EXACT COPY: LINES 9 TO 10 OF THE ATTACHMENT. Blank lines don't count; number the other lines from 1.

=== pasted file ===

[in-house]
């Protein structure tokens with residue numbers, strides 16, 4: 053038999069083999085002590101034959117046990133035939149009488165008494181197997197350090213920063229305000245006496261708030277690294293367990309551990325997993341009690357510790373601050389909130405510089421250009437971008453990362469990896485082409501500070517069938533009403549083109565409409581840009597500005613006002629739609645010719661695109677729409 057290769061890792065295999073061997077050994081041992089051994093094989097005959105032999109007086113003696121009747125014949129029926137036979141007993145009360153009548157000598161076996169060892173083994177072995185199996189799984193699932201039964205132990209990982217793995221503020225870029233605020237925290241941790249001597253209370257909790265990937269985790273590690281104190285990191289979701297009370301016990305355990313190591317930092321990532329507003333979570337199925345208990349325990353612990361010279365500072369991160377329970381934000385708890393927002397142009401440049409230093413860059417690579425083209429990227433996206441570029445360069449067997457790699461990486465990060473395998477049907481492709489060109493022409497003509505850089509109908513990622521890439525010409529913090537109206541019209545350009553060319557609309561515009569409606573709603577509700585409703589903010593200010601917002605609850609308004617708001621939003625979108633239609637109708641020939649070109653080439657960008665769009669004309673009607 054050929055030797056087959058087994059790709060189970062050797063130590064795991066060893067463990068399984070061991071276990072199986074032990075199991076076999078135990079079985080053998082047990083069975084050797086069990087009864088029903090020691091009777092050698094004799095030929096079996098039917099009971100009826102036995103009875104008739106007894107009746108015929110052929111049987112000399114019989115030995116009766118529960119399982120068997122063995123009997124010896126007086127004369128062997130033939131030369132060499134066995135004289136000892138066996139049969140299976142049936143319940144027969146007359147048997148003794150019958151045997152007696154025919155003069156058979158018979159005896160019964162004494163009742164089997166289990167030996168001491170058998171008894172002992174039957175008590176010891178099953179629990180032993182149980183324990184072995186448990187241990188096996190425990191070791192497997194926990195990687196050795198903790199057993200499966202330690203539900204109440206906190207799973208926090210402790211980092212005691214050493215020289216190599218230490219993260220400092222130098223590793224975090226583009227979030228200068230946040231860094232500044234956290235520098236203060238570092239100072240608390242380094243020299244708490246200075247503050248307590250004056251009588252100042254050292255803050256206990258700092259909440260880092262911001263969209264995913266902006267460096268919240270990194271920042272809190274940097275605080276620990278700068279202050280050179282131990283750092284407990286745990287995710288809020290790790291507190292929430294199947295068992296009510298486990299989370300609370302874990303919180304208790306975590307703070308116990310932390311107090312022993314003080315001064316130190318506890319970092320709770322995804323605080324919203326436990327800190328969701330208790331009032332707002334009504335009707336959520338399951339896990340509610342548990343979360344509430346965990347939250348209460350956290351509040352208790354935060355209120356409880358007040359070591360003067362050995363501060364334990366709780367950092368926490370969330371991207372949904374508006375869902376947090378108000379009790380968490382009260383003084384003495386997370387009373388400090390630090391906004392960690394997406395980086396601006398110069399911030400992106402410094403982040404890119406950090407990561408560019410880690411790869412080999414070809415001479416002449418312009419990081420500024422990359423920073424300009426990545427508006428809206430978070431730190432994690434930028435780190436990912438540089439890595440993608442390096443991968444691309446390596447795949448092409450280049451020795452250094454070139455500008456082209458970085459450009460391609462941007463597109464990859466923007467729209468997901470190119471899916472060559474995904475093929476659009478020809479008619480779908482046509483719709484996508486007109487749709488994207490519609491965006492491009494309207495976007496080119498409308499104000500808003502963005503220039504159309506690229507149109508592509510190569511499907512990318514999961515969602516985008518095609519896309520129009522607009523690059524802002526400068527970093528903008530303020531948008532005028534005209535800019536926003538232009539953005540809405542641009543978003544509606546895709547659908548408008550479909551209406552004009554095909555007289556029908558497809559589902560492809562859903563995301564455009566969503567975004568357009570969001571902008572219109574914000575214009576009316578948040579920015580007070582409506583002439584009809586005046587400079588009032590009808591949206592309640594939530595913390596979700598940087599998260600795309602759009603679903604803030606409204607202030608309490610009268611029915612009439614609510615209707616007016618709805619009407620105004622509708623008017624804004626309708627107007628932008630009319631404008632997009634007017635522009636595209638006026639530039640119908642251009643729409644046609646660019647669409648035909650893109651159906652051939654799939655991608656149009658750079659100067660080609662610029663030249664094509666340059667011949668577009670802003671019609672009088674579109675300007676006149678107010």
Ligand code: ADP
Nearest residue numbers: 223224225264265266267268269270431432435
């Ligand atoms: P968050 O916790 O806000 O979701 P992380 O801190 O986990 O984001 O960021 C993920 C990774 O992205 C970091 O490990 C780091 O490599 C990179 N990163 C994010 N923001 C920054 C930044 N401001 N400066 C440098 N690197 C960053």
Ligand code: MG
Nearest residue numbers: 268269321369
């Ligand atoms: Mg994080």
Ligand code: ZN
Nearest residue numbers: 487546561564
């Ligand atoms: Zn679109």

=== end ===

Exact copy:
Ligand code: ZN
Nearest residue numbers: 487546561564